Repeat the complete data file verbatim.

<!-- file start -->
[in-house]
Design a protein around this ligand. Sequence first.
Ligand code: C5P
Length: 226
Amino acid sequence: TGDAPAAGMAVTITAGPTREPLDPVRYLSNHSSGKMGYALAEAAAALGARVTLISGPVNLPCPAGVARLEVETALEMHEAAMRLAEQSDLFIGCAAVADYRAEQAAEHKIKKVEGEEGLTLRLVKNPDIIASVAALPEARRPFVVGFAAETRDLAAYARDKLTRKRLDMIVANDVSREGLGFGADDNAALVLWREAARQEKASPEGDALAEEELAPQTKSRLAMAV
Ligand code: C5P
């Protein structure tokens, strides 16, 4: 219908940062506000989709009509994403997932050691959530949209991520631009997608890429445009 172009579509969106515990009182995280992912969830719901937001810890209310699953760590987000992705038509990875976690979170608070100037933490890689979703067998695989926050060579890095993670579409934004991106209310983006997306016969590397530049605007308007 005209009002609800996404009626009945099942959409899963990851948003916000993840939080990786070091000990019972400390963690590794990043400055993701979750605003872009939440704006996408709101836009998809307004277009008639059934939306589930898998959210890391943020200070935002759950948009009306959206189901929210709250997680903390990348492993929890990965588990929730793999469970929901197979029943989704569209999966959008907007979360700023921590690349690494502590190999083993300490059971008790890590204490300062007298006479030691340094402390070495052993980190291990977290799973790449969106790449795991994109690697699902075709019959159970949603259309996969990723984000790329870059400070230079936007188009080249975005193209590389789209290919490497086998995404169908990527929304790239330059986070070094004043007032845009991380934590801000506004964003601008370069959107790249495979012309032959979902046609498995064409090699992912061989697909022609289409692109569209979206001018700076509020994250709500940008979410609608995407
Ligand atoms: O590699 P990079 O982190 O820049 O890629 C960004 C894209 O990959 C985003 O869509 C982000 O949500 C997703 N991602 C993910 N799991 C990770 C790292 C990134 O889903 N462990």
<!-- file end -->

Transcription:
[in-house]
Design a protein around this ligand. Sequence first.
Ligand code: C5P
Length: 226
Amino acid sequence: TGDAPAAGMAVTITAGPTREPLDPVRYLSNHSSGKMGYALAEAAAALGARVTLISGPVNLPCPAGVARLEVETALEMHEAAMRLAEQSDLFIGCAAVADYRAEQAAEHKIKKVEGEEGLTLRLVKNPDIIASVAALPEARRPFVVGFAAETRDLAAYARDKLTRKRLDMIVANDVSREGLGFGADDNAALVLWREAARQEKASPEGDALAEEELAPQTKSRLAMAV
Ligand code: C5P
């Protein structure tokens, strides 16, 4: 219908940062506000989709009509994403997932050691959530949209991520631009997608890429445009 172009579509969106515990009182995280992912969830719901937001810890209310699953760590987000992705038509990875976690979170608070100037933490890689979703067998695989926050060579890095993670579409934004991106209310983006997306016969590397530049605007308007 005209009002609800996404009626009945099942959409899963990851948003916000993840939080990786070091000990019972400390963690590794990043400055993701979750605003872009939440704006996408709101836009998809307004277009008639059934939306589930898998959210890391943020200070935002759950948009009306959206189901929210709250997680903390990348492993929890990965588990929730793999469970929901197979029943989704569209999966959008907007979360700023921590690349690494502590190999083993300490059971008790890590204490300062007298006479030691340094402390070495052993980190291990977290799973790449969106790449795991994109690697699902075709019959159970949603259309996969990723984000790329870059400070230079936007188009080249975005193209590389789209290919490497086998995404169908990527929304790239330059986070070094004043007032845009991380934590801000506004964003601008370069959107790249495979012309032959979902046609498995064409090699992912061989697909022609289409692109569209979206001018700076509020994250709500940008979410609608995407
Ligand atoms: O590699 P990079 O982190 O820049 O890629 C960004 C894209 O990959 C985003 O869509 C982000 O949500 C997703 N991602 C993910 N799991 C990770 C790292 C990134 O889903 N462990």